‘Cloverfield’ the typical cliche scary movie with nauseating conclusions

Associated Press

Break out the Pepto-Bismol; this movie will have your stomach in knots.

“Cloverfield,” the most talked about movie so far this year, is best described as a cross between “The Blair Witch Project” and the “The Mist.” A view from a very shaky camera is your only outlook into the lives of five friends. You might want to refrain from that large popcorn and soda you religiously purchase before every show.

Cloverfield is one of the shortest horror movies I have ever seen at only an hour and 15 minutes. Audience members were left in a purgatory state, not sure if they like it or not, with dozens of questions unanswered — if they weren’t clever enough to uncover all the hidden clues.

First impressions are important and that holds true even with movies. The first 15 minutes of “Cloverfield” were slow and nauseating, as the home-video camera was thrown around a going-away party for the main character. However, as soon as the creature hit the city, the setting turns from a snore-fest to an action-packed comedy.

The plot chronicles events between two brothers, the women they love and friend “Hud” (TJ Miller), who also happens to be the cameraman. The storyline was intentionally kept secret from the public until it hit theaters, which might be the reason for its record-breaking opening weekend of $41 million. But if you expected a different kind of scary movie, you will surely be disappointed.

“Cloverfield” kept true to the stereotypical horror flick. The creature might give you a nightmare, the boy rescues the girl, and there are plenty of blood and guts to go around. One unique character who really improved the film is “Hud,” aka best friend of the main character. He made the scariest situations humorous. Whether he was being attacked by “smaller and also terrible things” or running through bug-like infested subways, the audience always seemed to be cringing and laughing at the same time.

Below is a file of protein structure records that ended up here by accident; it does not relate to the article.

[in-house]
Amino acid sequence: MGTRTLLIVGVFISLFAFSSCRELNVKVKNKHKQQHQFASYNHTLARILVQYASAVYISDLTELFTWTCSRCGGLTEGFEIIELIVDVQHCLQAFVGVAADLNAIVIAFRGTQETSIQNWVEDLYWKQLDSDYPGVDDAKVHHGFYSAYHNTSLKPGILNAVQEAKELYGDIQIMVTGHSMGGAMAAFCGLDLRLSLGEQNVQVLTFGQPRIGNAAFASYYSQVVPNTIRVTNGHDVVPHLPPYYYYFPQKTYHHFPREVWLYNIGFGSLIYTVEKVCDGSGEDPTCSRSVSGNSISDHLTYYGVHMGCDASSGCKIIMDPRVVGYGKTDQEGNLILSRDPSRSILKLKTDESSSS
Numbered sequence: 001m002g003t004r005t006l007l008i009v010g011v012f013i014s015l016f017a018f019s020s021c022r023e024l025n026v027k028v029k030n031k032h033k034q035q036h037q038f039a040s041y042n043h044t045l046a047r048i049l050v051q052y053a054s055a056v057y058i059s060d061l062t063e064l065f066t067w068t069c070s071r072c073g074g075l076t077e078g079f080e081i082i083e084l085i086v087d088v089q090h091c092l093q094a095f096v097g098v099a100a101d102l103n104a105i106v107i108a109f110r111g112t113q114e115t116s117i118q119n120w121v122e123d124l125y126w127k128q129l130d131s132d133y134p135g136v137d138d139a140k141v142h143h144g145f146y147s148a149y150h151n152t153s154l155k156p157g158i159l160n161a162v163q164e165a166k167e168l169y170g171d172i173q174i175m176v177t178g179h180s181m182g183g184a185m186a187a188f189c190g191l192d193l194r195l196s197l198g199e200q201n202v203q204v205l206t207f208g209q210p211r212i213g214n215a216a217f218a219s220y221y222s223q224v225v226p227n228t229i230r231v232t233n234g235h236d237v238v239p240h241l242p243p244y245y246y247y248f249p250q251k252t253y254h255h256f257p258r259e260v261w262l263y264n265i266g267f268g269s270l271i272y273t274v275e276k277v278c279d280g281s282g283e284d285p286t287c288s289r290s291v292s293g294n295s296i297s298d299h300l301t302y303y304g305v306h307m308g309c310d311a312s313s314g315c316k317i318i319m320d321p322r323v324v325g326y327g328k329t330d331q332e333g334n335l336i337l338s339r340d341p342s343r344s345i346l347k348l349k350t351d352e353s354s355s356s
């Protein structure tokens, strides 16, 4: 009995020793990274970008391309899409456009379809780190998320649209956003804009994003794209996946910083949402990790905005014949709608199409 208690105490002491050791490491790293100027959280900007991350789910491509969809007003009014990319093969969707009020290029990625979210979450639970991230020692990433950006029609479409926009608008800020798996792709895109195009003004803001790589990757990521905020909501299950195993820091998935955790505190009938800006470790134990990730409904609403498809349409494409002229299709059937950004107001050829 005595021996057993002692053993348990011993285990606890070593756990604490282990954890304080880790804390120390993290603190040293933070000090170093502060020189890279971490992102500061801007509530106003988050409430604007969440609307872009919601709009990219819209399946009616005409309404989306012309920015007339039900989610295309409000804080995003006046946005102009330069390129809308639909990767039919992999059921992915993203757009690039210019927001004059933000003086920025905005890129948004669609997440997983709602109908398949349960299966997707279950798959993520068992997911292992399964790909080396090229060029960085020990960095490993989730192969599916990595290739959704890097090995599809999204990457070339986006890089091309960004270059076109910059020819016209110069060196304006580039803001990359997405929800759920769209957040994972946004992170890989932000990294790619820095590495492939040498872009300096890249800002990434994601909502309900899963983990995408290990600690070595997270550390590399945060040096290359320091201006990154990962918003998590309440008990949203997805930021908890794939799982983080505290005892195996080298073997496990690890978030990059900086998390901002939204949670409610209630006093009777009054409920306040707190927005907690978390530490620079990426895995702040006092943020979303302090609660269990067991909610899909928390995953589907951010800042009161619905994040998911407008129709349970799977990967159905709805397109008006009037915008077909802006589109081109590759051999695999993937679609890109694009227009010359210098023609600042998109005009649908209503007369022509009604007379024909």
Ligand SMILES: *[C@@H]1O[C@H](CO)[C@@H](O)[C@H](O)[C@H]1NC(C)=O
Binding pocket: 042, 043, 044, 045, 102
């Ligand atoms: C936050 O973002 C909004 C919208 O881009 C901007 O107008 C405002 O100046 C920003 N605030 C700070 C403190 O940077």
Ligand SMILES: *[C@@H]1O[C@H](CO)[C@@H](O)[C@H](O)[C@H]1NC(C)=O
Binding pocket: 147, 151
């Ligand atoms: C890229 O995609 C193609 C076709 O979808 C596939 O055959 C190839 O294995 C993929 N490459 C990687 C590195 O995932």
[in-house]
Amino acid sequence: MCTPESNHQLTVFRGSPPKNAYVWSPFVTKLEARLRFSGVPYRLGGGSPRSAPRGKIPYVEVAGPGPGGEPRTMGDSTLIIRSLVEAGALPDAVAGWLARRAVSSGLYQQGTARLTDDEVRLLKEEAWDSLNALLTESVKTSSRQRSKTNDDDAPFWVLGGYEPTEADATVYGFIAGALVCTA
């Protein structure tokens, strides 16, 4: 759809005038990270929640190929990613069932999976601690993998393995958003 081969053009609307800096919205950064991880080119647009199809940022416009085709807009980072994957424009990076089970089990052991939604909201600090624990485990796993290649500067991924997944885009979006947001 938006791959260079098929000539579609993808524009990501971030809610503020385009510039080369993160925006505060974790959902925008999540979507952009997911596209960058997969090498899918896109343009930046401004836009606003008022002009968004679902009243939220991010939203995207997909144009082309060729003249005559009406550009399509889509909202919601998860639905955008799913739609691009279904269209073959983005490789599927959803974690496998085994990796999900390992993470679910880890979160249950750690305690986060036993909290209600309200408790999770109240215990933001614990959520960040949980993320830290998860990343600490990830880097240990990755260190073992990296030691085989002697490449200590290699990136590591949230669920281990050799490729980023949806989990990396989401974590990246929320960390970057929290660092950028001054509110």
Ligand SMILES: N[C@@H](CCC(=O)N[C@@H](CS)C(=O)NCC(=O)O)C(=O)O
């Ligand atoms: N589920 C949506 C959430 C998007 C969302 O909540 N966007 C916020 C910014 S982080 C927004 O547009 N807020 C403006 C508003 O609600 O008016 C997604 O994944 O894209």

“Cloverfield” is the type of movie that you either love or you hate. I say, don’t waste your money. This $30 million film played like a videotape found on the ground and popped in a VCR, containing a giant, unrealistic creature attacking Manhattan but no explanation of where it came from. For me, this movie was too frustrating to watch again.

However, if your ideal movie experience is watching a Jurassic monster attack Manhattan, and a man heroically venturing into a disaster zone of unexplained creatures, then take a gamble. But beware! Between the shaky camera and the reincarnation of the “Blair Witch Project” snot scene, you might want to bring a get-sick bag just in case.